Individual study arrangements are based on an assessment by a specialist.
They may include:
• getting additional time for examinations
• taking examinations in a private space
• using a computer for examinations
• in course activities involving performing, recommending that the student present their work to a smaller group or only to the teacher.
• providing any written material in a larger font.
The individual arrangements are agreed in more detail in a discussion held with the contact person of Aalto Open University.
The recommendation on individual study arrangements is given to the student after the discussion with the contact person of Aalto Open University.
The recommendation states the individual study arrangements agreed with the student and the period of validity of the recommendation. The recommendation does not include any health data as defined in the EU General Data Protection Regulation. The contact information of the person granting the right to the arrangements are included in the recommendation.
For the individual study arrangements to be taken into consideration on courses and in examinations, the student must present the recommendation on individual study arrangements to the teacher as early as possible, meaning when registering for a course or examination. This gives the teacher time to take such arrangements into consideration in the course implementation and discuss the needed arrangements with the student. Students will receive more detailed, practical instructions about the arrangements when the recommendation is prepared.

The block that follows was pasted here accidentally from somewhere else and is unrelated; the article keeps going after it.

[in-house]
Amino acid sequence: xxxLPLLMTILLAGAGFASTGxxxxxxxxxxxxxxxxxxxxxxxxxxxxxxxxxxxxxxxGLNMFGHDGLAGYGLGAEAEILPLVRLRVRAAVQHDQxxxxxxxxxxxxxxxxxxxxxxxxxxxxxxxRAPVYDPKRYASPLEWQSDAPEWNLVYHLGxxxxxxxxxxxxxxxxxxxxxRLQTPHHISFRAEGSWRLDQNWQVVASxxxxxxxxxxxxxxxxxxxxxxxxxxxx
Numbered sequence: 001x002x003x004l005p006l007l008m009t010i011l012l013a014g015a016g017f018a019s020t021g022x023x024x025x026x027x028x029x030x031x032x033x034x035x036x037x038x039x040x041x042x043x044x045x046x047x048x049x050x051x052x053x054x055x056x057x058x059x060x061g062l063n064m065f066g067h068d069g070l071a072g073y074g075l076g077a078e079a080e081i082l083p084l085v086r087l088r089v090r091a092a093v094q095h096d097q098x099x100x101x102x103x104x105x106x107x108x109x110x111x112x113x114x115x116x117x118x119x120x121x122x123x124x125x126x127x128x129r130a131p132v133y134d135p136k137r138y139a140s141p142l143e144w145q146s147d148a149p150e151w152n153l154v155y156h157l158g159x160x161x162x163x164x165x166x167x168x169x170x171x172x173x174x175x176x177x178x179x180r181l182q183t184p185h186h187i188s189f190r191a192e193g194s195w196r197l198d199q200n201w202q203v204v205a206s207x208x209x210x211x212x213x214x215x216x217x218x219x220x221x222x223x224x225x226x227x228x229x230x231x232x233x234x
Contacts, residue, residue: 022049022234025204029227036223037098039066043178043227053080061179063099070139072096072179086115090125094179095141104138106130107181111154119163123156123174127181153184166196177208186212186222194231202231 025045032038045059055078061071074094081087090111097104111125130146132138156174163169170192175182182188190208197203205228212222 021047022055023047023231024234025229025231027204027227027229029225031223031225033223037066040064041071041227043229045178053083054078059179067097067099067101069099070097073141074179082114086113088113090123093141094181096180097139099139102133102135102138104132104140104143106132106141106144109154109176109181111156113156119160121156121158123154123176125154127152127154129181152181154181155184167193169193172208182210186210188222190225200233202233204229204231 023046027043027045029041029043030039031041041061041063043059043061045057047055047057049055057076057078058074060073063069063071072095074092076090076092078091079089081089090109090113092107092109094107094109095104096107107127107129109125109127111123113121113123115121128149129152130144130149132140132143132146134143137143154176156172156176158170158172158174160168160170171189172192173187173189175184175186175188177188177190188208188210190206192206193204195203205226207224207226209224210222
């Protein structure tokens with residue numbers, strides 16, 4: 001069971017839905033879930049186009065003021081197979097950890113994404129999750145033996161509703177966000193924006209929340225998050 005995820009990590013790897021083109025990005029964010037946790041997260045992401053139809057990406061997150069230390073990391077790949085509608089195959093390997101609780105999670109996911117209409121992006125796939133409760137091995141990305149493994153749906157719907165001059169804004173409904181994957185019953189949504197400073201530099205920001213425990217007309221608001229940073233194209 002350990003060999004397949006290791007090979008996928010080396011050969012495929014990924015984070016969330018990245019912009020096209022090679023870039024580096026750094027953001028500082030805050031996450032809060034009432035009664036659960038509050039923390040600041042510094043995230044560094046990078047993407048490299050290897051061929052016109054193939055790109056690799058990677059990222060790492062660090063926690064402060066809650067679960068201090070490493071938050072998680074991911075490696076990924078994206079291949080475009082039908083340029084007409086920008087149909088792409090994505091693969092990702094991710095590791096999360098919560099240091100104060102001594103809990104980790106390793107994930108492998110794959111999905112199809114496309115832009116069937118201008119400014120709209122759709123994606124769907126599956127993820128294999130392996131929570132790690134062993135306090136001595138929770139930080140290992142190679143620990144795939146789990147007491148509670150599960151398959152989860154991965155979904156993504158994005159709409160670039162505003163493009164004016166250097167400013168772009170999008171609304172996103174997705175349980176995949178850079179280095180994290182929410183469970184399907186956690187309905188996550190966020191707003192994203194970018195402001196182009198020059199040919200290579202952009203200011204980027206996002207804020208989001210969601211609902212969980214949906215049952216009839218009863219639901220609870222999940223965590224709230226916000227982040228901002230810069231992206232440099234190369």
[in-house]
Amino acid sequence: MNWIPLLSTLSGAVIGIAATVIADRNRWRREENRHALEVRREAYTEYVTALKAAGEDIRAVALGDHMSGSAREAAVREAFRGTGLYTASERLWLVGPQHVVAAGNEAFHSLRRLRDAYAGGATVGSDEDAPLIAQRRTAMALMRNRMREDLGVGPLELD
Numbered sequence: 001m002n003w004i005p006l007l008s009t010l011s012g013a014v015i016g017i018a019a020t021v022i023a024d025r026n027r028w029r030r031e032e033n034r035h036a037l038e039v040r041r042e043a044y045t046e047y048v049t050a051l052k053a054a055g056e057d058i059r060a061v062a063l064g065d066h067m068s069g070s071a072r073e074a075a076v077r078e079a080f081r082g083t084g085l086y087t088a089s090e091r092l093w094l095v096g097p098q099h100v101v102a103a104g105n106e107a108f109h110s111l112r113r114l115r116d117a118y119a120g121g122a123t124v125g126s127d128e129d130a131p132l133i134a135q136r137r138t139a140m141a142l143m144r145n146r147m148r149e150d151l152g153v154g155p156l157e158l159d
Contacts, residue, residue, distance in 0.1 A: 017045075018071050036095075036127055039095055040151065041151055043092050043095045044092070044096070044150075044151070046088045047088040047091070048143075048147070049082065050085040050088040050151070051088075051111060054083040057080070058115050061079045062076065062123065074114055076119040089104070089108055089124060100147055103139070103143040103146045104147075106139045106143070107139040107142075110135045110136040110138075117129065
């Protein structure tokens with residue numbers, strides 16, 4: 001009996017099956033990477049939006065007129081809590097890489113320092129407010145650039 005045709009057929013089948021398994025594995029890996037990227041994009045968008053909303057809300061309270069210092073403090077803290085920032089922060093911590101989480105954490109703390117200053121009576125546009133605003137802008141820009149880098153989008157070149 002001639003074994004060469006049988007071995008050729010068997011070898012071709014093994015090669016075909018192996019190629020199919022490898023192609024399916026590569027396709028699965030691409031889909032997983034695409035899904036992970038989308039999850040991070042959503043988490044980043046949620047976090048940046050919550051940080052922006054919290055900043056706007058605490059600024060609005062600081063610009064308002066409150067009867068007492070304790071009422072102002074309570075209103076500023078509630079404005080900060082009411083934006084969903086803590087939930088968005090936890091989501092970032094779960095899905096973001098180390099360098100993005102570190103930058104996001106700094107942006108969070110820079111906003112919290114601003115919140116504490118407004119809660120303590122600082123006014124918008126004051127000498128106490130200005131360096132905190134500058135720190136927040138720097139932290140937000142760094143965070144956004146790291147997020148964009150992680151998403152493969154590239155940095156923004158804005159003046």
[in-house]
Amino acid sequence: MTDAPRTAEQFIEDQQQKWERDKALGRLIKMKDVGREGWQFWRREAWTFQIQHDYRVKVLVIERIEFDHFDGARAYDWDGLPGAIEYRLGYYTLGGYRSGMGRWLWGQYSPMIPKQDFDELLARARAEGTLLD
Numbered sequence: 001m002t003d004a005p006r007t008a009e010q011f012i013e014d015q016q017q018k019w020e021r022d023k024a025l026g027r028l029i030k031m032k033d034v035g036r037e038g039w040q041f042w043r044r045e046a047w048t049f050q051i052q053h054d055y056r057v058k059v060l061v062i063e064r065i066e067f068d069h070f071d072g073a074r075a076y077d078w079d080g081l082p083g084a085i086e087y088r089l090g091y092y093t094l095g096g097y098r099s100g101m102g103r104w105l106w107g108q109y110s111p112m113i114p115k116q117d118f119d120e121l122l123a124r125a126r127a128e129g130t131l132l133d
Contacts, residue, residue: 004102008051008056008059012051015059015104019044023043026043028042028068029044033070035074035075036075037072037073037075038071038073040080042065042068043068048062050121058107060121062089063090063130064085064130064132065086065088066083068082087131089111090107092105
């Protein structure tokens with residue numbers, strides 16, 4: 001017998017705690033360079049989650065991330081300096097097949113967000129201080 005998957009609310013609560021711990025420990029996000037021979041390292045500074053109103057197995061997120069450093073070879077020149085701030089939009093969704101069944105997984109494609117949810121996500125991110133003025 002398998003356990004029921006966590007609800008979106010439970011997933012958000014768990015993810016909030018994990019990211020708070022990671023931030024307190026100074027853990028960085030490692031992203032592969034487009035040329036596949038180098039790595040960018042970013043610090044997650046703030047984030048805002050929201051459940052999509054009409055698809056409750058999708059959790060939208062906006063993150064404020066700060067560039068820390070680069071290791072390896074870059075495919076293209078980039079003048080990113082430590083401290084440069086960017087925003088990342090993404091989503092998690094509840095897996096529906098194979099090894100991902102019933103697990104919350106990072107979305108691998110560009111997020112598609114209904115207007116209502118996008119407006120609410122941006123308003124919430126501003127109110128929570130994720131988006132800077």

The Learning Centre offers accessible course books to Aalto students in collaboration with Celia, which is a national library of accessible literature. Accessible course books are offered to students with a print disability (a difficulty or inability to read printed material due to a perceptual, physical, or visual impairment). The service is intended for students enrolled as attending students.
For more information on accessible course books, please see:
Please contact [email protected] . Please include your student number and other relevant information related to your problem when you contact us. Depending on the situation such information might be course code or date of teaching implementation. This helps us to solve your problem faster.
If you have accessibility related challenges in using Sisu, please contact the Starting Point service desk. If you know that your issue is time consuming, we hope that you inform us by email [email protected] in advance when you will be visiting the Starting Point service desk.
Contact information and opening hours of Starting Point
Starting Point will do their best to help you with the use of Sisu.
If using Sisu is likely to cause you repeated problems throughout your studies, get in touch with the contact person for individual study arrangements at [email protected] . You can discuss your needs for support for using Sisu – and other matters related to studying – with the contact person of Open University. Help for facilitated use of Sisu is arranged between you, the contact person for individual study arrangements, and the Starting Point.
Please find more information about different support services from the links below.